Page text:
If you ever had to wager on a stranger’s favorite fish, your money would be quite safe if you put it on salmon. Americans love salmon. Even people who generally don’t like fish will often say “except salmon, I like salmon.” And the numbers back that up. In 2017, salmon was the third most landed fish in commercial fisheries in the U.S., at about 500,000 tons. And it was the highest valued catch, with the total haul being valued at $687,770,000. Yep, we love salmon!
Now that summer is here, the most popular way to cook salmon is definitely to grill it. But if you’ve ever been disappointed with dried out grilled salmon, you’re not alone! Salmon seems to go from underdone to chalky and sour tasting in the blink of an eye on the high heat of a grill.
Today we’re bringing you a great technique for grilling salmon from Susie Bulloch of HeyGrillHey. It’s flavorful, succulent, flaky and, if you follow our temperature tips, perfectly cooked.
Problems with grilling salmon—or any other fish!
There is no doubt that grilled salmon is a delicious dish, but grilling fish is fraught with problems. The problem partly lies in the temptation to heat up your grill until it’s blazing hot and toss on your salmon fillet. But because of how easily fish dries out, that method often ends up as sad, overcooked fish.
Fish myosin and its fellow fiber proteins are more sensitive to heat than their land-animal counterparts. Where meat begins to shrink from coagulation and major fluid loss at 140°F/60°C, most fish shrink at 120°F/50°C and begin to become dry around 140°F/60°C…. In practice, it’s all too easy to overshoot the ideal temperature range for fish.—Harold McGee On Food and Cooking, pp 209–211
But drying isn’t the only problem. Salmon can also easily be ruined by the skin or flesh sticking to the grill. Not only does this ruin your fish’s presentation, but not being able to get the fish free from the grill to turn it over or even serve it makes overcooking more likely as you struggle to free the flesh without mangling it.
A note on salmon doneness temps
The USDA recommends cooking salmon to a this-fish-is-dry temperature of 145°F (63°C) for food safety. However, most chefs recommend cooking salmon to a much lower temp, 125°F (52°C). If your salmon has been previously frozen (as much of it is), that low temp is amazing and will yield a custardy, silky-textured fish. However, fresh, never-frozen salmon often has roundworm parasites in it that you want to be sure to kill before eating, and that’s where the higher USDA temp comes into play. This creates a sad paradox, wherein you should overcook fish you have just caught, but fish you bought at the grocer is fine to cook to a lower, better temp. The fish we used in this recipe was fresh, never-frozen, so we cooked it to a higher temperature.
The fish grilling solution: indirect heat
Flaky, tender fish is obviously our goal. Susie Bulloch suggests a great method for grilling it without the drying or the sticking.
It turns out that indirect heat is one of the easiest ways to get your grilled fish just right. By cooking the fish indirectly, you have a better shot of hitting the 135–140°F (57–60°C) pull temperature that is so important.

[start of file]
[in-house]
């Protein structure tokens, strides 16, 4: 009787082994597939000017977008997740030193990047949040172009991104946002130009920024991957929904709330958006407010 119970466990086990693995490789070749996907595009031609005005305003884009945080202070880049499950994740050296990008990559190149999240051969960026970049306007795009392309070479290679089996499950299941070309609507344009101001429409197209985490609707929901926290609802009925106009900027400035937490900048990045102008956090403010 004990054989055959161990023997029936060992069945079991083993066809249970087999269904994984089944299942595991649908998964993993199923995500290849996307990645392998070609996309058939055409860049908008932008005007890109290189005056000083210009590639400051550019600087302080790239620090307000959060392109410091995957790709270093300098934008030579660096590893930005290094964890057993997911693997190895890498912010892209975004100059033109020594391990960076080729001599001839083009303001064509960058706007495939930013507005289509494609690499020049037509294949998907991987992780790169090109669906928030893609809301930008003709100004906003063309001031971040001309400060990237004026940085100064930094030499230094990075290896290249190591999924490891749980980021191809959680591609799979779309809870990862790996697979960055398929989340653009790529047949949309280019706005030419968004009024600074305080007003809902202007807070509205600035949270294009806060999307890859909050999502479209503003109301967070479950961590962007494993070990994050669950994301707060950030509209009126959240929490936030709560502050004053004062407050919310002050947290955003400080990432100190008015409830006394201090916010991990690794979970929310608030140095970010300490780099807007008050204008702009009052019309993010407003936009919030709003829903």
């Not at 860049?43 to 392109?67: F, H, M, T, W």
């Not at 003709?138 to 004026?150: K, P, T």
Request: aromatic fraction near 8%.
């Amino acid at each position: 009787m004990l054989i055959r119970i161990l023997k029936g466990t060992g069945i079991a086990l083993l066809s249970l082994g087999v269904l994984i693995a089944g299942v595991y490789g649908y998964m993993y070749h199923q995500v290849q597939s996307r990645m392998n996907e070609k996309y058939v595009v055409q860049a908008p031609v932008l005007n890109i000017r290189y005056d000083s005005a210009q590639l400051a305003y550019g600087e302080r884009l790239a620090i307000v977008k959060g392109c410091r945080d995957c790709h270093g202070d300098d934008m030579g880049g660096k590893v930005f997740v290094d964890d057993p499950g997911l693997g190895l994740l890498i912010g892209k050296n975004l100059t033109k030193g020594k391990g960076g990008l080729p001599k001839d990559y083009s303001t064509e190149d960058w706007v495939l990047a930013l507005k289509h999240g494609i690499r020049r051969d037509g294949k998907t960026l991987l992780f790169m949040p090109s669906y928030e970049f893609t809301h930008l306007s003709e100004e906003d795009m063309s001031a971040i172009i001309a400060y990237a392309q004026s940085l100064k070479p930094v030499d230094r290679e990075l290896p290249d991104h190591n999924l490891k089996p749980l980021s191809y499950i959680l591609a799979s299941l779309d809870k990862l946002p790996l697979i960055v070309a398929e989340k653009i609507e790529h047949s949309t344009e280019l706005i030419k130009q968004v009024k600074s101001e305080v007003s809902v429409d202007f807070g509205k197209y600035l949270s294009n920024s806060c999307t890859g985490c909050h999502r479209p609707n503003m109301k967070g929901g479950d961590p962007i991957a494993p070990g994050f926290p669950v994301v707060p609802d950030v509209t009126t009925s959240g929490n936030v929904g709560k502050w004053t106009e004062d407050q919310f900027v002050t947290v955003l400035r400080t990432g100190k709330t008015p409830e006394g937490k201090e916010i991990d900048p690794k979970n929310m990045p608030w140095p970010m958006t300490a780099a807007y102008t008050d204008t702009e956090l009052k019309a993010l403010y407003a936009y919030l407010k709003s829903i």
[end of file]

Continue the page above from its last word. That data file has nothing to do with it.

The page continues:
Of course, you’ll actually need to know what temp the fish has reached, so use a leave-in probe thermometer like the ChefAlarm® to track the cook and alert you when the pull temp is reached. Of course, checking the final temp with an instant-read like the Thermapen® Mk4 is essential to make sure you get the doneness just right.
As for the problem of the skin sticking, by cooking the fish more gently, the proteins in the fish skin will coagulate more slowly, thus gripping the metal of the grill less tightly. And if it does stick a little, it won’t burn in the time it takes you to get it free.
Of course, if you scrub and oil your grill grates before you cook the fish you’ll be even more likely to avoid sticking.
Salmon’s rich flavor plays well with so many flavors. It’s great brushed with teriyaki sauce, amazing with just salt and pepper, and fun with barbecue sauce. And by all means, use any of those flavors for this technique!
But for this recipe, in particular, we go super classic with lemon zest and dill (already good friends with each other) blended together with a hint of garlic in a bath of olive oil. This paste is smeared all over the meat of the fish, imparting deep, bright flavor that just sings of summertime.Print
Based on the recipe from HeyGrillHey.com
- Preheat your grill for indirect cooking.
- Clean and oil the grates on the indirect side of the grill well.
- Make the seasoning for the fish by combining the oil, dried dill, salt, pepper, garlic powder, and lemon zest in a bowl.
- Rinse each filet in running water and dry them with paper towels.
- Rub the seasoning paste all over the meat of each filet, but not on the skin.
- Place the fillets, skin-side down, on the indirect side of the grill.
- Insert the probe from a leave-in probe thermometer into the thickest part of one of the fillets. Set the high-temp alarm to 140°F (60°C). Note: be sure the cable for the probe doesn’t hang over the hot side of the grill.
- When the alarm sounds, verify the temperatures with a Thermapen Mk4.
If you want to pull the salmon a few degrees early and move it over to the hot side of the grill to get some grill marks on it, you can, but watch it carefully and check it often with your Thermapen.
If you love grilled salmon but are tired of your fish coming out dry or sticking to the grill, this indirect method may be a game changer. The temperature-monitoring capabilities of a leave-in thermometer like the ChefAlarm coupled with the gentler heat of indirect cooking can turn out amazing results every time. And with this seasoning paste, you’ll love it even more.
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